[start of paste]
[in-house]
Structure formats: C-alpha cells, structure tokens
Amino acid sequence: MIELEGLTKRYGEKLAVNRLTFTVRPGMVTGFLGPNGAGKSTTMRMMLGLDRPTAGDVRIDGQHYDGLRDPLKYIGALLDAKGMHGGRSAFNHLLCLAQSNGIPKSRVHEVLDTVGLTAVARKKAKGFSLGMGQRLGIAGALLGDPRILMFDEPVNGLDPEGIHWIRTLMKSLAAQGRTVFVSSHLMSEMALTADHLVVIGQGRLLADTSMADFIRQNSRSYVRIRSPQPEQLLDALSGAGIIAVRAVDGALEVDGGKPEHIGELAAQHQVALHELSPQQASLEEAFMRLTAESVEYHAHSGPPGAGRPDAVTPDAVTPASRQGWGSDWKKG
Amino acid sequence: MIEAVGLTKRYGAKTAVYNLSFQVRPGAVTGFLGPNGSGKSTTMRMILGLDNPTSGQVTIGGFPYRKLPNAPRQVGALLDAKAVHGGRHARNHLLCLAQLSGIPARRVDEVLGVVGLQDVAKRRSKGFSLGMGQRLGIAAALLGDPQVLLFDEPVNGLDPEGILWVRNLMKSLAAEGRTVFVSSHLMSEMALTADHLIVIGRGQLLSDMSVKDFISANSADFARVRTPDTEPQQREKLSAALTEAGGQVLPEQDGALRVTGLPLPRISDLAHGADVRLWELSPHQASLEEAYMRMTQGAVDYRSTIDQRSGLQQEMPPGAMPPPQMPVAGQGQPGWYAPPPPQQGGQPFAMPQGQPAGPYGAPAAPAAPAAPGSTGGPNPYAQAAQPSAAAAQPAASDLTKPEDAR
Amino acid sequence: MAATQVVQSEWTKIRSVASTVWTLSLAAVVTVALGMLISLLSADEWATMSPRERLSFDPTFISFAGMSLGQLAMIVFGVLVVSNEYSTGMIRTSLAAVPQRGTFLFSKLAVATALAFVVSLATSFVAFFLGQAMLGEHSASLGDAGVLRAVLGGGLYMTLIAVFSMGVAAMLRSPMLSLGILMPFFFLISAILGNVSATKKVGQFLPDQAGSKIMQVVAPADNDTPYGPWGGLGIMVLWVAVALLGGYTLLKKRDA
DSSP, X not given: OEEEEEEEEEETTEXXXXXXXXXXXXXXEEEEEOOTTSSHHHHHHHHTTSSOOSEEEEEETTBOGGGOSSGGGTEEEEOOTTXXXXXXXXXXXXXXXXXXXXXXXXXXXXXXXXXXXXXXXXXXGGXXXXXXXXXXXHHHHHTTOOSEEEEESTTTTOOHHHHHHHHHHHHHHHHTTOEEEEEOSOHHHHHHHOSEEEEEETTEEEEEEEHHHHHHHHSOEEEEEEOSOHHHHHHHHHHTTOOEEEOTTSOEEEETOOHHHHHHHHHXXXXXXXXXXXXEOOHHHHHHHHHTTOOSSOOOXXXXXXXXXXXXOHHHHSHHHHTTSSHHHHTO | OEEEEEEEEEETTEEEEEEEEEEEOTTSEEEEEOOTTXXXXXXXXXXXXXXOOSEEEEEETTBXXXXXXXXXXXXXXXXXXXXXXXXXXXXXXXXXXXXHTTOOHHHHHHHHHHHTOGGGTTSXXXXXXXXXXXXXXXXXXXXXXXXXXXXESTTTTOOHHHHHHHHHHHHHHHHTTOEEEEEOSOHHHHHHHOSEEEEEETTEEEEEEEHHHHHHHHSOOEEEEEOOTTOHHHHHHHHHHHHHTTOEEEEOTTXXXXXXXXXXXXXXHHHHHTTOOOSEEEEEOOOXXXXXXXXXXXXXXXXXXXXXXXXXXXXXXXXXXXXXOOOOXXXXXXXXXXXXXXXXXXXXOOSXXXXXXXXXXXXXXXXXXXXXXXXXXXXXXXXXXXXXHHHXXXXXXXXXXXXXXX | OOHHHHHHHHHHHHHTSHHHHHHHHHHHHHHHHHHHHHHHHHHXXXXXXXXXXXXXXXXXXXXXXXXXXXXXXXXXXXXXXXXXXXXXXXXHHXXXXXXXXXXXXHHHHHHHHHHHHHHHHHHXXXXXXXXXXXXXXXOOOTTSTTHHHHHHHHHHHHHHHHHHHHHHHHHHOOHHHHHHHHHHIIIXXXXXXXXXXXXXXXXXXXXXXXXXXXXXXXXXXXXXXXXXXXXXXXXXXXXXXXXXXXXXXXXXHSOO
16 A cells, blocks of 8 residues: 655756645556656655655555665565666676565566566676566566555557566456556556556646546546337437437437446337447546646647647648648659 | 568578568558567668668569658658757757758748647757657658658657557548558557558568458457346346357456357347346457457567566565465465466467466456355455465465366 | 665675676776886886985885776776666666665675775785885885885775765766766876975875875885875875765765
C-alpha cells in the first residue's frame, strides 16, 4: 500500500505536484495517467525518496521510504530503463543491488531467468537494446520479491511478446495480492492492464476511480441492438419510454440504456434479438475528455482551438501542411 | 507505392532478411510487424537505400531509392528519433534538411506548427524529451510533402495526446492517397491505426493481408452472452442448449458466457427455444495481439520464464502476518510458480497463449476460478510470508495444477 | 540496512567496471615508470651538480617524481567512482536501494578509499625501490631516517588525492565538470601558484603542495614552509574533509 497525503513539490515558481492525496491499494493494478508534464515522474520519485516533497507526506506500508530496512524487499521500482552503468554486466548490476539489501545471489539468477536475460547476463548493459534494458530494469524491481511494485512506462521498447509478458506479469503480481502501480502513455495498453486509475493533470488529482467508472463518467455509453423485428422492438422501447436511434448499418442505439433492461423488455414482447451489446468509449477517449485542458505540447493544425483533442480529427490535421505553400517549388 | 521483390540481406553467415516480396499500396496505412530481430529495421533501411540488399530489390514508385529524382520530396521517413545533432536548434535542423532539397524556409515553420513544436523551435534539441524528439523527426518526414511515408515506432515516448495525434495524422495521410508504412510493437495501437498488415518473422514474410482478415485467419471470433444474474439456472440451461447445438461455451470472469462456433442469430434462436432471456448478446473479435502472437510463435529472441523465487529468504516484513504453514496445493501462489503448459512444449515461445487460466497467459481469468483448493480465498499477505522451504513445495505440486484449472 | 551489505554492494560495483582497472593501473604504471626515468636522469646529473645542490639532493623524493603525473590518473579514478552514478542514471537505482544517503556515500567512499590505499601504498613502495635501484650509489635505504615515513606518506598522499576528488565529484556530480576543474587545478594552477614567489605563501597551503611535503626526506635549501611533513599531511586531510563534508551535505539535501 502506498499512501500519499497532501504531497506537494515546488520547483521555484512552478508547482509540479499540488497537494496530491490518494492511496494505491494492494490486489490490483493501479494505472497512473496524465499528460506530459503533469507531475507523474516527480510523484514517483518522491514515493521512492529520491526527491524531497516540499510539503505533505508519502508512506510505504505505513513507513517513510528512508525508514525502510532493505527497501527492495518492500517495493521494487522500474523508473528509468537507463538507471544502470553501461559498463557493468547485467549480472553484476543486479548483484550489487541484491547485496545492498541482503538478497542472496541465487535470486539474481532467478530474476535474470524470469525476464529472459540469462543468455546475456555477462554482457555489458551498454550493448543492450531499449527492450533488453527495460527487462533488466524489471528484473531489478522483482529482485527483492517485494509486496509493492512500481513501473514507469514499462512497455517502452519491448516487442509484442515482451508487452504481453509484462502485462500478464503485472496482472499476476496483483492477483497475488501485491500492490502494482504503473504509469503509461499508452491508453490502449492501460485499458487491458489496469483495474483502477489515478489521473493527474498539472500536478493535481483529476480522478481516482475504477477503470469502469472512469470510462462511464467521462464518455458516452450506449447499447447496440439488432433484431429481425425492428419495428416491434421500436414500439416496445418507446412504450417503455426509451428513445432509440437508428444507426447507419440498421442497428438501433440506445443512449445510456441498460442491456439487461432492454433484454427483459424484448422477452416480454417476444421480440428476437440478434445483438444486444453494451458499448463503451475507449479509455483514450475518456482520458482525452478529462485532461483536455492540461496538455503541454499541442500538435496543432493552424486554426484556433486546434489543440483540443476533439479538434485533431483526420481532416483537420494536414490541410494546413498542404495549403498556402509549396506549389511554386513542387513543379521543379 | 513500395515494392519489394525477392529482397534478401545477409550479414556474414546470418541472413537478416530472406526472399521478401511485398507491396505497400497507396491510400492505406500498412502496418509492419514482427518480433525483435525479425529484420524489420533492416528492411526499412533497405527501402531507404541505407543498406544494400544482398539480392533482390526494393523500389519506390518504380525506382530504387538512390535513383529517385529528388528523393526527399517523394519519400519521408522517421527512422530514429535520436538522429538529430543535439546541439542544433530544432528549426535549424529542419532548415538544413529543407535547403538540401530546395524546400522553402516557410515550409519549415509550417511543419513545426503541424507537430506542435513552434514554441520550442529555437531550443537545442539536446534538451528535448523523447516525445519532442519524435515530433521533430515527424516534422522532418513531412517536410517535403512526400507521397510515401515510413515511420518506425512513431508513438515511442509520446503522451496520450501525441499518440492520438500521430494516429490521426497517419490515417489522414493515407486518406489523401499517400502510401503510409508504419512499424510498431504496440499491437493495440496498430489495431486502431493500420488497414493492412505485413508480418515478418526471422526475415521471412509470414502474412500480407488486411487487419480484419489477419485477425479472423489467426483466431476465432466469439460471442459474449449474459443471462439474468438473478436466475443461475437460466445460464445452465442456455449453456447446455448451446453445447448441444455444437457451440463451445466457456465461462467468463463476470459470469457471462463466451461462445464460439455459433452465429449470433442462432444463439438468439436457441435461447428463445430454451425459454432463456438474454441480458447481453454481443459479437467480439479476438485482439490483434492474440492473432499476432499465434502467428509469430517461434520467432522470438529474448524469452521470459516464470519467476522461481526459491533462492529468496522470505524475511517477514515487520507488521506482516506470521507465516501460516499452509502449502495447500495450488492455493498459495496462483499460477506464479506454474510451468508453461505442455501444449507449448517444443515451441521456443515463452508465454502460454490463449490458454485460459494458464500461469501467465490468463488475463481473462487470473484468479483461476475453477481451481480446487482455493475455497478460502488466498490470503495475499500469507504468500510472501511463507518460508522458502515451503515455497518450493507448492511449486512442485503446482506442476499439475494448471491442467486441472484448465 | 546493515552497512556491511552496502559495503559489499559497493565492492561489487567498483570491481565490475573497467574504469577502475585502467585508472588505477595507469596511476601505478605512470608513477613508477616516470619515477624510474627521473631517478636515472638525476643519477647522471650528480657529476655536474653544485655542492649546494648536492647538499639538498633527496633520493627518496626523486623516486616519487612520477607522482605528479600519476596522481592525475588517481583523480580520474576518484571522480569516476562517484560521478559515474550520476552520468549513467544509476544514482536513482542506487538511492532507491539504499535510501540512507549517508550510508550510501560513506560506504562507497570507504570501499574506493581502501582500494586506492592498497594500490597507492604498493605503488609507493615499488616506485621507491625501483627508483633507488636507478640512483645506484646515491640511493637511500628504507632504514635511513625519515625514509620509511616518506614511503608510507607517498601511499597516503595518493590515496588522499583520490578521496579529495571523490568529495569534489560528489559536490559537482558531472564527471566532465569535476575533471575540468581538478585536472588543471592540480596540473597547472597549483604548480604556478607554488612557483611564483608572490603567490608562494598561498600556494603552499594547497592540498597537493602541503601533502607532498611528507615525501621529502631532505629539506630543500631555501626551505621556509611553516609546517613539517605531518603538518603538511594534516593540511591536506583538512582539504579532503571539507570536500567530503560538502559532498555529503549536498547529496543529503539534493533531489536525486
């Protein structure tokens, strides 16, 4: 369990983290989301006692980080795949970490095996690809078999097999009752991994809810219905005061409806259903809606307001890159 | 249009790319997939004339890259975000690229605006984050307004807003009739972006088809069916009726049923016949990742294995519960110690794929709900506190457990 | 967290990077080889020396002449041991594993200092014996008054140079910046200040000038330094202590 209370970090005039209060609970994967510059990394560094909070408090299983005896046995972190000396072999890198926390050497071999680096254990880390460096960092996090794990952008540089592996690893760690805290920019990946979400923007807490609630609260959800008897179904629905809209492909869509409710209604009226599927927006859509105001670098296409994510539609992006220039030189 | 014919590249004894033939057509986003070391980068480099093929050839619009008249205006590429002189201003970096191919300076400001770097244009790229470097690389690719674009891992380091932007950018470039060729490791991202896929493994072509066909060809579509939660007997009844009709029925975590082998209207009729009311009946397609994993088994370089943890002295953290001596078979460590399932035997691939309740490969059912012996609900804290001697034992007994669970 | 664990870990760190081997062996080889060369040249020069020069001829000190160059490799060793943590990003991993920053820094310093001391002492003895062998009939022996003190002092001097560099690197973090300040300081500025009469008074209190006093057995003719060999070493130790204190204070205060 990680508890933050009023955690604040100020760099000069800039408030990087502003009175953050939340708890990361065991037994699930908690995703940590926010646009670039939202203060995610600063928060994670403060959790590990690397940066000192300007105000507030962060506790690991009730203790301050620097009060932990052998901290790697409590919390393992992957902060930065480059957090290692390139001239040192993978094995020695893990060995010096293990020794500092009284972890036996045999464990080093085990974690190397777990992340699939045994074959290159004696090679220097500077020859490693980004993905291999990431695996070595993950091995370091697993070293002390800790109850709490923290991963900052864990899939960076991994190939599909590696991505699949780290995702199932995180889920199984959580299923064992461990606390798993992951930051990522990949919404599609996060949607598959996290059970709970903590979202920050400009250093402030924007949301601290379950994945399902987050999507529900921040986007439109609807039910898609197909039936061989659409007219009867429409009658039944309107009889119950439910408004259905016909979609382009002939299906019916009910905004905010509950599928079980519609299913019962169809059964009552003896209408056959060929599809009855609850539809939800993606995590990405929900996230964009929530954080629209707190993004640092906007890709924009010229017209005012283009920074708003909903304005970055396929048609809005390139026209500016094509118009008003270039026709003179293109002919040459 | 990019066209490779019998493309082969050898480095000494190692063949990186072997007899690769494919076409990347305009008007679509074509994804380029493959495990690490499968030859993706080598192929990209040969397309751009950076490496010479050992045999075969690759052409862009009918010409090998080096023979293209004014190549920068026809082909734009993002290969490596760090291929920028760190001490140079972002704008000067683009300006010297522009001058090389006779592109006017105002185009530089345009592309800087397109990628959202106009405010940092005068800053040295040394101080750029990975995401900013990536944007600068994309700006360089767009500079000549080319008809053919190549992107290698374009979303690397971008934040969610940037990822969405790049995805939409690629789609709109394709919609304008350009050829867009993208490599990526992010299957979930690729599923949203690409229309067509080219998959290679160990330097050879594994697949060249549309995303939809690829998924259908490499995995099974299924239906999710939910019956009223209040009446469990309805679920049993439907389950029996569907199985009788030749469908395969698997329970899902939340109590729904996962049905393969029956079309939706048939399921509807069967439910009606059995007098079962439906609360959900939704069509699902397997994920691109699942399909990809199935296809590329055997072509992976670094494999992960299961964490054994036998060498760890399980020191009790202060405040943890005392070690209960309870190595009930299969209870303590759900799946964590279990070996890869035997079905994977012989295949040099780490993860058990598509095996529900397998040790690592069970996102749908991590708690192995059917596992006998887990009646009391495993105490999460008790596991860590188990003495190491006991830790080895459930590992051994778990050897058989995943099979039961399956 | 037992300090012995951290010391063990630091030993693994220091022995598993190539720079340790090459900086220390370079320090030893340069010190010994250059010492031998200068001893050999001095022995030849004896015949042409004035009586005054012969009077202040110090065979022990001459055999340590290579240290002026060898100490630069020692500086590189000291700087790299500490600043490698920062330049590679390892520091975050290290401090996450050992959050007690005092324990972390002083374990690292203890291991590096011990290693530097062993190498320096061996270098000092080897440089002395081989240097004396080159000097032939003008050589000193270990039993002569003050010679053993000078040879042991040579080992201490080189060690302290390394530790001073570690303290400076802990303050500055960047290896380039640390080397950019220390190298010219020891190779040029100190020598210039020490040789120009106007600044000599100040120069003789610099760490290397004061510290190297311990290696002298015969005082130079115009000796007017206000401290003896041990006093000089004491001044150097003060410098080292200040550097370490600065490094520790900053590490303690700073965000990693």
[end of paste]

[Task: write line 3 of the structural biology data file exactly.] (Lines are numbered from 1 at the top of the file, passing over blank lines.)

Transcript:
Amino acid sequence: MIELEGLTKRYGEKLAVNRLTFTVRPGMVTGFLGPNGAGKSTTMRMMLGLDRPTAGDVRIDGQHYDGLRDPLKYIGALLDAKGMHGGRSAFNHLLCLAQSNGIPKSRVHEVLDTVGLTAVARKKAKGFSLGMGQRLGIAGALLGDPRILMFDEPVNGLDPEGIHWIRTLMKSLAAQGRTVFVSSHLMSEMALTADHLVVIGQGRLLADTSMADFIRQNSRSYVRIRSPQPEQLLDALSGAGIIAVRAVDGALEVDGGKPEHIGELAAQHQVALHELSPQQASLEEAFMRLTAESVEYHAHSGPPGAGRPDAVTPDAVTPASRQGWGSDWKKG